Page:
Palestinian and Israeli negotiators are meeting in the latest chapter of the decades-long saga of on-again, off-again peace talks. With no leaks, and even less optimism, there is only speculation about how the talks are going or whether any agreement is even possible.
Here in the US, supporters of the Palestinians are engaged in a sometimes heated but rather pointless debate as to what the “deal” should include or whether no deal is the best outcome – since that result, some say, would lead inevitably to a one-state solution.
However, that entire discussion is unedifying, a waste of energy and an evasion of responsibility.
I do not mean that the outcome doesn’t matter. But everyone should acknowledge that the ultimate resolution of the conflict will not depend on that debate. Instead of exhausting ourselves arguing about what we can’t control, we should be focused on what we can do – shine a light on the daily injustices visited upon Palestinians, and mobilise support for those whose human rights are being abused.
There are human rights groups in Israel and Palestine that are engaged in this effort. They are documenting cases of land confiscation and home demolitions; cases of prisoners held without charges or trial; instances where vigilante gangs of settlers have desecrated mosques, cut down olive trees and beaten or killed Palestinian youngsters; and recording incidents in which the military has used collective punishment or excessive force or humiliated Palestinian civilians.
The victims of these illegal and immoral actions deserve our attention. Their cases should be taken up. Their names need to be known. They should be supported until the injustice ends.
In 1977 I and others formed the Palestine Human Rights Campaign (PHRC). Because no then-existing human rights group would adopt Palestinian cases, we took it upon ourselves to look into individual cases of Palestinians who had been tortured, had had their homes demolished, had been detained for prolonged periods without charges or who had been expelled from their homeland.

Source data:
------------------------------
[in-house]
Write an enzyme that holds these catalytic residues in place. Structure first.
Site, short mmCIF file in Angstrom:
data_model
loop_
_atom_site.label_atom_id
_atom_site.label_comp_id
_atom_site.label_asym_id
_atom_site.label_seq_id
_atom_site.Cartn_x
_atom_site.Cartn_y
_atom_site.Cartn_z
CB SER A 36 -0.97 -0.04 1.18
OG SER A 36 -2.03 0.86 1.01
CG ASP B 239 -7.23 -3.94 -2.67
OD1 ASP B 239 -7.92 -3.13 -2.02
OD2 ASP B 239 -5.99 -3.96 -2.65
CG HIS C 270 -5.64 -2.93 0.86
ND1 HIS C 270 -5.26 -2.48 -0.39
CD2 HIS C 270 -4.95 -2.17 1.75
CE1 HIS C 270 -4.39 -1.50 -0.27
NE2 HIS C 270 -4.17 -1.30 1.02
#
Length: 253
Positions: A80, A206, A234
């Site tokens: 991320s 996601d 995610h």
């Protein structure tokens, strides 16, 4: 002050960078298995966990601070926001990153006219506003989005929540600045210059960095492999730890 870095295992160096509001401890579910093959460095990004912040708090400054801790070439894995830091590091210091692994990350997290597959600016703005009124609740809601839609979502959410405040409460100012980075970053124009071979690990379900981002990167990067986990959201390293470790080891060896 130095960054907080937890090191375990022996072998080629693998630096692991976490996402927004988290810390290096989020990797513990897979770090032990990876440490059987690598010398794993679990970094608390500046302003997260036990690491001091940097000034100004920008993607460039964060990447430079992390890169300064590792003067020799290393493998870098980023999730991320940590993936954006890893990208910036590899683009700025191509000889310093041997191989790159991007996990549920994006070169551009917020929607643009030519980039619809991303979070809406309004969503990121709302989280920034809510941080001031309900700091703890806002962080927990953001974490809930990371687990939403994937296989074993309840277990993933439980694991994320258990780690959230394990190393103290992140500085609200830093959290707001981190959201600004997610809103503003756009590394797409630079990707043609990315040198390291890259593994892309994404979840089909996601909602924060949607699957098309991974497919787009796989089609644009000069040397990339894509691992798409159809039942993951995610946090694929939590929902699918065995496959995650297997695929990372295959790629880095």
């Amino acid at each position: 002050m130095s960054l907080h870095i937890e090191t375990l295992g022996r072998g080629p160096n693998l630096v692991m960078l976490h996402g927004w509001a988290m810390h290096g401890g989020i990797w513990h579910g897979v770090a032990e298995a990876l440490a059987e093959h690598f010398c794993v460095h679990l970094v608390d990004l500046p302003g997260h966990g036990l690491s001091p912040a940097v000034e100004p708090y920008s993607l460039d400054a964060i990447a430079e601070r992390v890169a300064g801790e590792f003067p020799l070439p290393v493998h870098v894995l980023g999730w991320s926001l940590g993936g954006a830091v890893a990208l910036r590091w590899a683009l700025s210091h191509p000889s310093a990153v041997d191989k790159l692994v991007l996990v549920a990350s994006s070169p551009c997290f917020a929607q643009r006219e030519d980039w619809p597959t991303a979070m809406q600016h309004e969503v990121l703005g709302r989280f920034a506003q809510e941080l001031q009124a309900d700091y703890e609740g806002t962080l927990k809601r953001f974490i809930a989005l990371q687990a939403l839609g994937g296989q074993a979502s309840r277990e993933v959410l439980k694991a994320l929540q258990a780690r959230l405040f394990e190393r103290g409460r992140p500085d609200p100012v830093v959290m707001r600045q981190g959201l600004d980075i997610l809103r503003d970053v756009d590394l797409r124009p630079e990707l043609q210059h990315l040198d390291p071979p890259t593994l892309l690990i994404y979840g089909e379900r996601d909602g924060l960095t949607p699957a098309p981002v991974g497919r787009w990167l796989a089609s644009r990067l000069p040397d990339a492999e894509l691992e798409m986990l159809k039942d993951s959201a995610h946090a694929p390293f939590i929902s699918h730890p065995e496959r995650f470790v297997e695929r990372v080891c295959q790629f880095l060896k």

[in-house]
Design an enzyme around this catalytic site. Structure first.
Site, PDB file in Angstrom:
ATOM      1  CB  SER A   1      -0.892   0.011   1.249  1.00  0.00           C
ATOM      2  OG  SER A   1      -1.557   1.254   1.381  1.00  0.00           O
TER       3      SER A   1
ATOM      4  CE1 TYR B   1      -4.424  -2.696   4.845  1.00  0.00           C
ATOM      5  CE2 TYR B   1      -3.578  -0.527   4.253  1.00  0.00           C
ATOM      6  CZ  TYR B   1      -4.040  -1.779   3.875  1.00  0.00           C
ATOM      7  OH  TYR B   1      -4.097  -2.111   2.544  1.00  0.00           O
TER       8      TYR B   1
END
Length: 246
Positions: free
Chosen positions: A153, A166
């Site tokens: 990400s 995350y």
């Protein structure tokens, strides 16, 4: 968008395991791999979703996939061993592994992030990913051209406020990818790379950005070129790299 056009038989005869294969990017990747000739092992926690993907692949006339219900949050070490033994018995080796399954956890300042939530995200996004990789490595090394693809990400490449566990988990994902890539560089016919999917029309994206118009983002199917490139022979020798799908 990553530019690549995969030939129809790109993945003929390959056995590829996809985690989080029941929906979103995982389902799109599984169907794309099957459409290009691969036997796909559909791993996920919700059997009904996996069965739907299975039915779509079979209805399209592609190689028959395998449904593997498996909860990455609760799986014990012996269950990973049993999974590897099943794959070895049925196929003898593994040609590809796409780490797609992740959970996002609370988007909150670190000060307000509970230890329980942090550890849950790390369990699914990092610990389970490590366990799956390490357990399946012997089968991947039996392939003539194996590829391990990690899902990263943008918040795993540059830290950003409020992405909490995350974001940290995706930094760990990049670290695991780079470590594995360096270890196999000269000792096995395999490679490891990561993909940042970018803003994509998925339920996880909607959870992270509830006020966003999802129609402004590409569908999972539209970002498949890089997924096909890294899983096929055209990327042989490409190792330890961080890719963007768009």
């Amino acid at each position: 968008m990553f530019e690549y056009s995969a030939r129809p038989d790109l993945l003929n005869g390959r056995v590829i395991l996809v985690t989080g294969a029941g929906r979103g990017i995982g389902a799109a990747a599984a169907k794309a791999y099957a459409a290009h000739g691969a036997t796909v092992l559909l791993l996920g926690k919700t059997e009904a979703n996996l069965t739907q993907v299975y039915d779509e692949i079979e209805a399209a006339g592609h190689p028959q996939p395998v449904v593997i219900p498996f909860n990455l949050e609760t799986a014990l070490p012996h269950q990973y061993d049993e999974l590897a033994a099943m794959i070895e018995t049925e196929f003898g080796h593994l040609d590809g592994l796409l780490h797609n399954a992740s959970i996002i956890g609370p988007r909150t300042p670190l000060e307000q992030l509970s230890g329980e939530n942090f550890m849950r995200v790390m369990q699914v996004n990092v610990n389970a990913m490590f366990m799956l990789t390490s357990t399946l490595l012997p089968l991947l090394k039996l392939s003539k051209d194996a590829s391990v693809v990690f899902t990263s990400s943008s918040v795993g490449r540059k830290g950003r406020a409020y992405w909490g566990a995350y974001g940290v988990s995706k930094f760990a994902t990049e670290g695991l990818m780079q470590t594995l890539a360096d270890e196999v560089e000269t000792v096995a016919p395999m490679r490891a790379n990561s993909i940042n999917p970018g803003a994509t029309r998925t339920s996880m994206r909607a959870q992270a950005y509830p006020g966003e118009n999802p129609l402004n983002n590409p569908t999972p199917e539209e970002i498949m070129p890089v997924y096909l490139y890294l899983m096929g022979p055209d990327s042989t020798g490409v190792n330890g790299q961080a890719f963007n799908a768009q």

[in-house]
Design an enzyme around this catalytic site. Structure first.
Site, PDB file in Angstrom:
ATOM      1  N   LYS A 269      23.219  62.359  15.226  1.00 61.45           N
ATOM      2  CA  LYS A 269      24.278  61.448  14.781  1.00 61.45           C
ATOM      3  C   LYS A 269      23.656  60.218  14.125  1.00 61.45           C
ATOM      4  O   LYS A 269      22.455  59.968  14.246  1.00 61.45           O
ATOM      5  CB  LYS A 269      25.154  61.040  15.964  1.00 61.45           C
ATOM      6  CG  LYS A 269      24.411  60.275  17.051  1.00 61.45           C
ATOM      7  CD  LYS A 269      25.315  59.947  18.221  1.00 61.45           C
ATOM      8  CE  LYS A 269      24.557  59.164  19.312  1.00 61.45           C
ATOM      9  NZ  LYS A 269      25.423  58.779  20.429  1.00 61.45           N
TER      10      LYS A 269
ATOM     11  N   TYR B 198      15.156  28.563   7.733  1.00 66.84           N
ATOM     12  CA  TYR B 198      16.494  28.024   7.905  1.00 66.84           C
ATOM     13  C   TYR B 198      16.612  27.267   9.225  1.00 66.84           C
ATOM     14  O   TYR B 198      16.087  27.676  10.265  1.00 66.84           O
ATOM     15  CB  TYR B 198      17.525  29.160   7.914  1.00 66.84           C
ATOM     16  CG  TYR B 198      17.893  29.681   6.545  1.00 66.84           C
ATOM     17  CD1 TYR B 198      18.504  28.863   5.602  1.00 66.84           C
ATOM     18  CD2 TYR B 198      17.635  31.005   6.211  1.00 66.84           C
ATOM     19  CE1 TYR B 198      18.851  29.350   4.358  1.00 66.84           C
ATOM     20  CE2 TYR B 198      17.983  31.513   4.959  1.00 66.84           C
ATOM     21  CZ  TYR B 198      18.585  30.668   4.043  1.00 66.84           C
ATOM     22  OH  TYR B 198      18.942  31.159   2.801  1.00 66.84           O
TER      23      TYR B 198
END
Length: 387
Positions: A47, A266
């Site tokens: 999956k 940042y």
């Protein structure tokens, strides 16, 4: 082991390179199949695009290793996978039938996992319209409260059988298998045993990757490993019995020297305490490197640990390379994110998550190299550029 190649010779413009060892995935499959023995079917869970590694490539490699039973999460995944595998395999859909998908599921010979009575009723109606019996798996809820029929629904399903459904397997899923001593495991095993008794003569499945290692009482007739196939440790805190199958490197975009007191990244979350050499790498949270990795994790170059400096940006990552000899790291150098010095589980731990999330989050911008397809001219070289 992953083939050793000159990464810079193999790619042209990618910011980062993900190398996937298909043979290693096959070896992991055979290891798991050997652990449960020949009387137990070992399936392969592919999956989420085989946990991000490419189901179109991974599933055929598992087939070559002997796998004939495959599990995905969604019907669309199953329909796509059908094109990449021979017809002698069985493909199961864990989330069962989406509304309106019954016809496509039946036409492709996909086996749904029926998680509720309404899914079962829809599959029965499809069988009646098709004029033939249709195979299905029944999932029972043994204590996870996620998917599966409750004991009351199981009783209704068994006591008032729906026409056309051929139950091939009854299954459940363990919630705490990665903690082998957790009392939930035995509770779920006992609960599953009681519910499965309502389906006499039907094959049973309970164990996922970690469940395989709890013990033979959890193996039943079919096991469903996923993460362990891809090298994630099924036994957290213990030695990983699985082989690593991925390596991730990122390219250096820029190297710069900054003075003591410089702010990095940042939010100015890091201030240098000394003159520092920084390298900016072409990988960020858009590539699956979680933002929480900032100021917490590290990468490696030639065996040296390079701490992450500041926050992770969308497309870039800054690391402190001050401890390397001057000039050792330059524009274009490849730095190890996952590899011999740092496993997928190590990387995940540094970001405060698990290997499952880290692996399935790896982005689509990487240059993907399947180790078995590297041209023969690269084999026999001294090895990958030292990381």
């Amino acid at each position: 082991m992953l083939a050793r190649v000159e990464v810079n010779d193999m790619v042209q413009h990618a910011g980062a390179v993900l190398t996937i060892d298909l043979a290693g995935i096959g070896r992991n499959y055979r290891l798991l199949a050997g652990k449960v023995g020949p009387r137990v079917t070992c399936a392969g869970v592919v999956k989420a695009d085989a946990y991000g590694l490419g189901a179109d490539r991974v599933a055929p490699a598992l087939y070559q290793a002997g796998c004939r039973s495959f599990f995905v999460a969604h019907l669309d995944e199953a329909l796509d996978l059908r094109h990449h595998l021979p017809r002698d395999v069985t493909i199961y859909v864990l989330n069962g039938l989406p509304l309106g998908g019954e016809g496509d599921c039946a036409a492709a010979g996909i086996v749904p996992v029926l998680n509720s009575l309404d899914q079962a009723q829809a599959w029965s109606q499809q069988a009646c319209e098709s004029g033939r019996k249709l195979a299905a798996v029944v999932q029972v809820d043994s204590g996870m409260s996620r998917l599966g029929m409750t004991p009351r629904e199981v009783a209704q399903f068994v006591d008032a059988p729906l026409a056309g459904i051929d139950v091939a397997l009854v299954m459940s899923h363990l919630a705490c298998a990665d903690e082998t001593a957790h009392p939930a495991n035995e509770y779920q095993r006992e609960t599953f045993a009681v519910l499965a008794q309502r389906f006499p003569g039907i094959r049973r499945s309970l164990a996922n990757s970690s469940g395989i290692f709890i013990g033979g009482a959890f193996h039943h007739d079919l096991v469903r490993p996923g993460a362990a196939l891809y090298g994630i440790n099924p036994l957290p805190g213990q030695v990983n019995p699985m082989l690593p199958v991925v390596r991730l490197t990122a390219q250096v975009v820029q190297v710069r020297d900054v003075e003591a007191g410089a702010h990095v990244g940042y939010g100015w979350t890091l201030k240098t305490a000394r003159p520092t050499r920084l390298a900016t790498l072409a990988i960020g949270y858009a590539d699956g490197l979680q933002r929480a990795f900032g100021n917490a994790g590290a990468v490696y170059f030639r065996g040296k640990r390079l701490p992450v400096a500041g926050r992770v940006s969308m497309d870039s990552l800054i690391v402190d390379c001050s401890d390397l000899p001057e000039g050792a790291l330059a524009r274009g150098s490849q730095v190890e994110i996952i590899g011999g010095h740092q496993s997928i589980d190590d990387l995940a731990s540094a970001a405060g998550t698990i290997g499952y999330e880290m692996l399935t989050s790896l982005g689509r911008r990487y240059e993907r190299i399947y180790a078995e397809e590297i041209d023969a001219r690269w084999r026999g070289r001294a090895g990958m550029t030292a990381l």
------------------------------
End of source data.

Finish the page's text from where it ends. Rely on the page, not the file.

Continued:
Back then, in the US discussion about the conflict Israelis were understood to be full human beings, but Palestinians were not known. Americans knew Israelis as real people who had hopes and fears. Palestinians, on the other hand, were an abstraction with whom few Americans could identify.
And so Palestinians were presented either in negative stereotypes, or merely as a problem to be solved. We hoped to remedy this by putting a human face on the Palestinian people.
Many of the Arab-American and Palestine support groups that existed back then were engaged, as many are now, in endless arguments about issues over which they had no control: which “political line” was the most correct or what should be the form of governance for the future Palestinian state.
And back then, much of the American liberal left was largely silent on Palestinian issues. Those who were engaged focused their efforts on setting up “dialogues” in the hope of promoting reconciliation between Arabs and Jews.
When the PHRC came into existence, we were denounced by both groups. On the one hand we were told that we had “sold out” because we ignored ideological debates and weren’t “pure” enough. But the peace groups kept us at arms-length, too, saying that by challenging Israel’s behaviour we made Jewish groups uncomfortable, thereby frustrating the effort to create a “no fault” dialogue.
After 36 years, the situation is much the same today.
The debate over one or two states rages in some quarters, while liberals who by now have embraced the notion of a two-state solution continue to shy away from any controversy and refuse to address Palestinian human rights.
The former effort is wasted time and energy. The latter is an abdication of morality. Meanwhile Palestinians remain unknown in the US, and their rights are still being violated.
As long as Palestinians are not known, discourse about the issue in the US will remain hopelessly one-sided. When Israeli humanity is presented as confronting the Palestinian “problem” you can guess who wins. If Americans can’t see or identify with the Palestinians who lost their homes and lands, who were humiliated in front of their children at checkpoints, or who were abused and denied basic rights as prisoners, then all they will care about is how to ensure security for Israelis.
To correct this situation, what is required is an embrace of justice and human rights, or as one of my early mentors, Dr Israel Shahak (founder of the Israeli League for Human and Civil Rights), put it, “to fight for equal rights for every human being”.
Whether there will be one state or two states will be decided, if it even can be, by the negotiators. But meanwhile, what of the victims? Who will speak for them? Who will give those who suffer the hope that their cries for justice will be heard? And who will inform the US public that it is not only Israeli humanity that is threatened by the absence of peace? In fact, Palestinians have paid, and continue to pay, an enormous price.
Recognition of this reality is a key ingredient in the search for a just peace, because only when Palestinians are known and their rights are fully recognised will the US feel the need to press for a balanced peace that recognises the rights and needs of all.
James Zogby is the president of the Arab American Institute
On Twitter: @aaiusa